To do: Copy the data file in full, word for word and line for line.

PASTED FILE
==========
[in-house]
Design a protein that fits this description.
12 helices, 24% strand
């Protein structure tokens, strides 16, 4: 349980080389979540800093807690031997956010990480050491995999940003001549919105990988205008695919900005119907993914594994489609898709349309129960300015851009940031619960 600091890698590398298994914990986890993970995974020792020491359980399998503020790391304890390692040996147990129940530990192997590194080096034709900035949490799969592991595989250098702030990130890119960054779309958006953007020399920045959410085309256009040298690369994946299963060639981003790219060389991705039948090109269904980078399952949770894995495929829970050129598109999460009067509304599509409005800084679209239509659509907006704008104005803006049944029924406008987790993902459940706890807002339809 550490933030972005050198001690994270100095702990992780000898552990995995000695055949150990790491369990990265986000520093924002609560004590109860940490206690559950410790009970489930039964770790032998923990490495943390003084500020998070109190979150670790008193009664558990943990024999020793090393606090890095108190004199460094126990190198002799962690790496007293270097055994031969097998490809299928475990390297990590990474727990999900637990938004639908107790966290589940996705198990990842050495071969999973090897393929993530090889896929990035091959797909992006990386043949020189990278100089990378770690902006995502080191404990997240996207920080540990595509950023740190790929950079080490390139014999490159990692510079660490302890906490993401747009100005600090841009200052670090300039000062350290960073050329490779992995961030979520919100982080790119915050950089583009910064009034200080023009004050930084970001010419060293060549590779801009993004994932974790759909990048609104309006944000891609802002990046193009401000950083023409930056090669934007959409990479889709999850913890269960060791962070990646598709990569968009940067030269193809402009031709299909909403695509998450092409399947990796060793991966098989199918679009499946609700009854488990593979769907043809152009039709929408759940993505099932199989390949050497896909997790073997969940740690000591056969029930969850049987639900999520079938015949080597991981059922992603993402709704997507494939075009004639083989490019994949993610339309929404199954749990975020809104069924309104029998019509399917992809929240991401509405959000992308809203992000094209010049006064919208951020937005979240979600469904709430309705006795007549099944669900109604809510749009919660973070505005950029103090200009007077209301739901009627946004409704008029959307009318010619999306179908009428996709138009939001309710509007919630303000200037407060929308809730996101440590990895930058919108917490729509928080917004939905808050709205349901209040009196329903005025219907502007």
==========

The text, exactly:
[in-house]
Design a protein that fits this description.
12 helices, 24% strand
């Protein structure tokens, strides 16, 4: 349980080389979540800093807690031997956010990480050491995999940003001549919105990988205008695919900005119907993914594994489609898709349309129960300015851009940031619960 600091890698590398298994914990986890993970995974020792020491359980399998503020790391304890390692040996147990129940530990192997590194080096034709900035949490799969592991595989250098702030990130890119960054779309958006953007020399920045959410085309256009040298690369994946299963060639981003790219060389991705039948090109269904980078399952949770894995495929829970050129598109999460009067509304599509409005800084679209239509659509907006704008104005803006049944029924406008987790993902459940706890807002339809 550490933030972005050198001690994270100095702990992780000898552990995995000695055949150990790491369990990265986000520093924002609560004590109860940490206690559950410790009970489930039964770790032998923990490495943390003084500020998070109190979150670790008193009664558990943990024999020793090393606090890095108190004199460094126990190198002799962690790496007293270097055994031969097998490809299928475990390297990590990474727990999900637990938004639908107790966290589940996705198990990842050495071969999973090897393929993530090889896929990035091959797909992006990386043949020189990278100089990378770690902006995502080191404990997240996207920080540990595509950023740190790929950079080490390139014999490159990692510079660490302890906490993401747009100005600090841009200052670090300039000062350290960073050329490779992995961030979520919100982080790119915050950089583009910064009034200080023009004050930084970001010419060293060549590779801009993004994932974790759909990048609104309006944000891609802002990046193009401000950083023409930056090669934007959409990479889709999850913890269960060791962070990646598709990569968009940067030269193809402009031709299909909403695509998450092409399947990796060793991966098989199918679009499946609700009854488990593979769907043809152009039709929408759940993505099932199989390949050497896909997790073997969940740690000591056969029930969850049987639900999520079938015949080597991981059922992603993402709704997507494939075009004639083989490019994949993610339309929404199954749990975020809104069924309104029998019509399917992809929240991401509405959000992308809203992000094209010049006064919208951020937005979240979600469904709430309705006795007549099944669900109604809510749009919660973070505005950029103090200009007077209301739901009627946004409704008029959307009318010619999306179908009428996709138009939001309710509007919630303000200037407060929308809730996101440590990895930058919108917490729509928080917004939905808050709205349901209040009196329903005025219907502007």